LAPD Cop Accused Of Planting Drugs In Male Suspect's Wallet

LAPD Cop Accused Of Planting Drugs In Male Suspect's Wallet

By Paul Fuhr 11/16/17

The alleged drug-planting incident was chronicled by one of the officer's body cameras.

Image: 
Body-cam footage of Officer Samuel Lee arresting Ronald Shields
Body-cam footage of Officer Samuel Lee arresting Ronald Shields Photo via YouTube

Police body-camera footage has triggered a full-scale LAPD investigation into whether an officer planted illegal drugs on a suspect during a routine traffic stop, CBS News reported. The controversy surrounds an April hit-and-run crash, wherein 52-year-old Ronald Shields was arrested for not only causing the incident but for felony cocaine possession.

The body-cam video, however, appears to contradict an officer’s sworn testimony that Shields had a small bag of cocaine in his front left pocket. When CBS Los Angeles released the footage, however, the case didn’t just send shockwaves through the department—it immediately went viral. It’s also no wonder that Samuel Lee, one of the accused LAPD officers in question, was reportedly left “dumbstruck” after seeing the video for himself during a pre-trial hearing. 

According to CBS News, 12 separate videos were obtained by investigative reporter David Goldstein, who feels the different angles further corroborate the case against the LAPD. The videos each show an officer identified as "Gaxiola" allegedly planting the cocaine. 

CBS Los Angeles reports that Lee’s partner Officer Gaxiola can be seen picking up Shields’s wallet from the street and showing it to Lee, “who points to the suspect as if to say it’s his.” Gaxiola is then shown putting the wallet down, stepping to the street and picking up a small bag containing a white powder. Later, Gaxiola returns to the sidewalk, picks up the wallet, and allegedly places the bag of white powder (later confirmed to be cocaine) into the wallet.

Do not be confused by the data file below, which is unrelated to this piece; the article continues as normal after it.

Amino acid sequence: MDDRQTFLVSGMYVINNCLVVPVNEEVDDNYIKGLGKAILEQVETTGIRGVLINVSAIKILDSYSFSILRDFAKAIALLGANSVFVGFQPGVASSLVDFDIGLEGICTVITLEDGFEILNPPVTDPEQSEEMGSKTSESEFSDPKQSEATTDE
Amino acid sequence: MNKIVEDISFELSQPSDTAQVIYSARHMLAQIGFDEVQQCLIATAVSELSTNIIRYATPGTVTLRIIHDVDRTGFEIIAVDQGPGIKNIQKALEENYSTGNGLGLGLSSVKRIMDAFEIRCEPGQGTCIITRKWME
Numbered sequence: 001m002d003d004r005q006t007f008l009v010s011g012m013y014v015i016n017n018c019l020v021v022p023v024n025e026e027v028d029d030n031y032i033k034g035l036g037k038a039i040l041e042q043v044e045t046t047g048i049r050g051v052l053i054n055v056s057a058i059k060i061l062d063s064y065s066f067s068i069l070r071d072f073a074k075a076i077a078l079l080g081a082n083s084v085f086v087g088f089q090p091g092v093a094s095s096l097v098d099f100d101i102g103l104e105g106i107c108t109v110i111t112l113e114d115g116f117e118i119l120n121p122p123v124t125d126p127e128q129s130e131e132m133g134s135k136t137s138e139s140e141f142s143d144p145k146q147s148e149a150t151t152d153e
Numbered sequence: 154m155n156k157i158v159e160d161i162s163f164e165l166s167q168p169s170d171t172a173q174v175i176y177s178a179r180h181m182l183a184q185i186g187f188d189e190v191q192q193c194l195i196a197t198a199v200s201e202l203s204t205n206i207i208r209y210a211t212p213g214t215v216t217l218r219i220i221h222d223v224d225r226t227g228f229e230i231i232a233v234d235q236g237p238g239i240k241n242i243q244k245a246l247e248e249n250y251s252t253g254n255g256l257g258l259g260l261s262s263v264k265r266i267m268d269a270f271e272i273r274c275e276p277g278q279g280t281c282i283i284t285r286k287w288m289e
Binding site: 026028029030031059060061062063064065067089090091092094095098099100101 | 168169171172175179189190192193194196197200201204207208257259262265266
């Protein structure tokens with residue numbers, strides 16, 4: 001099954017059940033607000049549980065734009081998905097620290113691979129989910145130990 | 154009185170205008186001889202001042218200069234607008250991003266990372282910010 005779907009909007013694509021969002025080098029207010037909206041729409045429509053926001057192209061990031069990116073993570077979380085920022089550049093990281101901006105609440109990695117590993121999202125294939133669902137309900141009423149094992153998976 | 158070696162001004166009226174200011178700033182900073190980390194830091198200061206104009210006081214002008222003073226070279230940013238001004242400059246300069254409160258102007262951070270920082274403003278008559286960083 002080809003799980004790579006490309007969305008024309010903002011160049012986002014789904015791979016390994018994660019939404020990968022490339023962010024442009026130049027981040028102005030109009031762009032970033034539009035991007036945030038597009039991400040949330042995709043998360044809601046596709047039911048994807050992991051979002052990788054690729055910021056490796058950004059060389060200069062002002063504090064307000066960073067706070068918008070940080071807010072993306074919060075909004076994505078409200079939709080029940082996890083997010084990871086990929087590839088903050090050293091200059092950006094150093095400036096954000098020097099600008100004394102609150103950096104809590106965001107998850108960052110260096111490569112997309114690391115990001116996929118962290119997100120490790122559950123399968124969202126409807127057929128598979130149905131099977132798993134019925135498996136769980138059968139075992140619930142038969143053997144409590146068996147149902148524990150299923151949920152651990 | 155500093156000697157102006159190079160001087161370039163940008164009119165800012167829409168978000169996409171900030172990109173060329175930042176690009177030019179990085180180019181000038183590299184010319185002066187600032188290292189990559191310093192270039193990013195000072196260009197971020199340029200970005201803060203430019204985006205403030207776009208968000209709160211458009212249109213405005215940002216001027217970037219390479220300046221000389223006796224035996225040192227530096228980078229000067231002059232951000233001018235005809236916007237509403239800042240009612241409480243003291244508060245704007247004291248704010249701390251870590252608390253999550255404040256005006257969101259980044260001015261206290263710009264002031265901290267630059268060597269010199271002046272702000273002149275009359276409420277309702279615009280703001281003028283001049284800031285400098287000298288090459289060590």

Apparently, audio reportedly reveals Gaxiola bragged to fellow officers about the drug bust. “He has a little bag of narco in here,” Gaxiola allegedly repeated three times. And while Lee claims the drugs fell from Shields’s pocket, defense lawyers argue that the video shows otherwise. “There’s a little white square here in his hand,” one attorney observed, “I believe the video shows the drugs were in his right hand and transfers to his left hand.”

The LAPD swiftly issued a statement that stopped short of denouncing the specific situation: “The LAPD takes all allegations of misconduct seriously and, as in all cases, will conduct a thorough investigation.” Similarly, Mayor Eric Garcetti released his own statement, maintaining that he “expects the highest integrity from everyone who wears the badge.”

Intriguingly, the video suggests that the officers themselves didn’t quite understand how their own body cameras worked. CBS News speculates that the officers may not have been aware that the body cams save the first 30 seconds of recording without audio.

A trio of Baltimore police officers made the same mistake, the Baltimore Sun reported in August. After body camera footage surfaced showing a police officer planting a baggie of pills in a lot, while two others looked on, dozens of cases have been dismissed given that the officers' credibility had been "called into question."

Body-worn cameras are relatively new to American police forces and have been quickly adopted in the last few years. Despite their high initial costs, many experts believe the body-worn cameras would pay for themselves by offsetting the costs of potential lawsuits and providing clear, irrefutable evidence in courtrooms.

The hearing is set to continue in December.

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Paul Fuhr lives in Columbus, Ohio with his family and two cats, Vesper and Dr. No. He's written for AfterParty MagazineThe Literary Review and The Live Oak Review, among others. He's also the host of "Drop the Needle," a podcast about music and addiction recovery. More at paulfuhr.com. You can also find Paul on Linkedin and Twitter.

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